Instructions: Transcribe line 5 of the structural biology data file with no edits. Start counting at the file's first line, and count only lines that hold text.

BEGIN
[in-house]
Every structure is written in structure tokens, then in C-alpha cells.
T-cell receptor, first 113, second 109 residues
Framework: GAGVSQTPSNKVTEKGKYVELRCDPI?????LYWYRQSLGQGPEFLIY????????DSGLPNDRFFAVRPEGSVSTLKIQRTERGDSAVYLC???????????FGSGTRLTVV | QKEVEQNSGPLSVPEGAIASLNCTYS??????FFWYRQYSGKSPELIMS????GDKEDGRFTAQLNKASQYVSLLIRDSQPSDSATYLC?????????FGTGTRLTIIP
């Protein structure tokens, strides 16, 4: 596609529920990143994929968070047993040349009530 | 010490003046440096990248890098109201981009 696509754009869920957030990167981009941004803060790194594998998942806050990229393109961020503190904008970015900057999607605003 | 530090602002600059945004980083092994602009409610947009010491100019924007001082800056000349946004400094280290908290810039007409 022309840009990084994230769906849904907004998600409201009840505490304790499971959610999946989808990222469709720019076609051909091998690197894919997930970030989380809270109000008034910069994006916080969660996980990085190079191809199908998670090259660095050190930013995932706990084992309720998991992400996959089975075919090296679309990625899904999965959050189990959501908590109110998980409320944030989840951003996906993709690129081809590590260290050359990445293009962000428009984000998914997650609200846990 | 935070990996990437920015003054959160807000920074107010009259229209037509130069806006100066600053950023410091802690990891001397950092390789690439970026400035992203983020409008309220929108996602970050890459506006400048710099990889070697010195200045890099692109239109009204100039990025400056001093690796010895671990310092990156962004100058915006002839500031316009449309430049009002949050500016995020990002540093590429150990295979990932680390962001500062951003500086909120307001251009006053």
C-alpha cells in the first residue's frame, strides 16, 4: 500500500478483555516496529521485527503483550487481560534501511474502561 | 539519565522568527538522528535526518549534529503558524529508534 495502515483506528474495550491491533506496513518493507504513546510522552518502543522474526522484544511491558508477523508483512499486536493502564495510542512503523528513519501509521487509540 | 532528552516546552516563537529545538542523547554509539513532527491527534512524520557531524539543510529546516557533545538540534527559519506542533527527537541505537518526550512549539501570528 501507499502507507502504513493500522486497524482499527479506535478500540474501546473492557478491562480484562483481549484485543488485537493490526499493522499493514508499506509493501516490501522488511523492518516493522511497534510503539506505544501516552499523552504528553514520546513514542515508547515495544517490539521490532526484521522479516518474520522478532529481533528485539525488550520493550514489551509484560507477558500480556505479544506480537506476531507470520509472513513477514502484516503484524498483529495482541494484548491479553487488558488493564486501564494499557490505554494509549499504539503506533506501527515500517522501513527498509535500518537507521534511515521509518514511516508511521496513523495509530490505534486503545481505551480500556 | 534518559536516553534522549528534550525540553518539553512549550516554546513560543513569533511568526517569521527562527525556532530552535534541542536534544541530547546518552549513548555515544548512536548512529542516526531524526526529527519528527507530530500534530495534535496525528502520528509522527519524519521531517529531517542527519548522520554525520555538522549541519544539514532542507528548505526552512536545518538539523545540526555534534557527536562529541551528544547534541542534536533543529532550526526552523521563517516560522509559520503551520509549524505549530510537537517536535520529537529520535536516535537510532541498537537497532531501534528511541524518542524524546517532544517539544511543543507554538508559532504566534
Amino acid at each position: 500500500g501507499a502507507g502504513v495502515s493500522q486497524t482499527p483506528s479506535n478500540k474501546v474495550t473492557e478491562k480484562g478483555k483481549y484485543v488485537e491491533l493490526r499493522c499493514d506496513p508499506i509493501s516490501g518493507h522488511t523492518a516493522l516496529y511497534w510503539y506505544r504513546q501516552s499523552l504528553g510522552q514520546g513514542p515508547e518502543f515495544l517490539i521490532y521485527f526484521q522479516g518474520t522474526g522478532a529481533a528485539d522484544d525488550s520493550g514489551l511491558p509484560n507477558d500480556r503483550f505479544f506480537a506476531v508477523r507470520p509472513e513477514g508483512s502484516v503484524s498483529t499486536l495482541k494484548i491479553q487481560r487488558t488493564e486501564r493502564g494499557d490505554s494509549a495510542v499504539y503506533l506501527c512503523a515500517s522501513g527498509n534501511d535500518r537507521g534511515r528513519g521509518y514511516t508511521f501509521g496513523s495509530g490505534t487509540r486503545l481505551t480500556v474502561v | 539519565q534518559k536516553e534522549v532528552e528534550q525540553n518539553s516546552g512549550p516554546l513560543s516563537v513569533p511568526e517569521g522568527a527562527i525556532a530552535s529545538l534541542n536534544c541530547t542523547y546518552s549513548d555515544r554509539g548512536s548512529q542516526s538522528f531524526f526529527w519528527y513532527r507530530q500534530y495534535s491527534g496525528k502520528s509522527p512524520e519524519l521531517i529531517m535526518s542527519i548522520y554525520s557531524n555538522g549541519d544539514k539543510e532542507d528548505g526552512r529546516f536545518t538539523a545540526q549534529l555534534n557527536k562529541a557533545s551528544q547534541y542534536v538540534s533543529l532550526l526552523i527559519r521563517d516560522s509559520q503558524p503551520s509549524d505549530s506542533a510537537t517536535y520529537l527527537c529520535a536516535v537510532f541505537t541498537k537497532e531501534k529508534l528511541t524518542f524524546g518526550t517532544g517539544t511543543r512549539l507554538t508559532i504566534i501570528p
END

């Protein structure tokens, strides 16, 4: 596609529920990143994929968070047993040349009530 | 010490003046440096990248890098109201981009 696509754009869920957030990167981009941004803060790194594998998942806050990229393109961020503190904008970015900057999607605003 | 530090602002600059945004980083092994602009409610947009010491100019924007001082800056000349946004400094280290908290810039007409 022309840009990084994230769906849904907004998600409201009840505490304790499971959610999946989808990222469709720019076609051909091998690197894919997930970030989380809270109000008034910069994006916080969660996980990085190079191809199908998670090259660095050190930013995932706990084992309720998991992400996959089975075919090296679309990625899904999965959050189990959501908590109110998980409320944030989840951003996906993709690129081809590590260290050359990445293009962000428009984000998914997650609200846990 | 935070990996990437920015003054959160807000920074107010009259229209037509130069806006100066600053950023410091802690990891001397950092390789690439970026400035992203983020409008309220929108996602970050890459506006400048710099990889070697010195200045890099692109239109009204100039990025400056001093690796010895671990310092990156962004100058915006002839500031316009449309430049009002949050500016995020990002540093590429150990295979990932680390962001500062951003500086909120307001251009006053």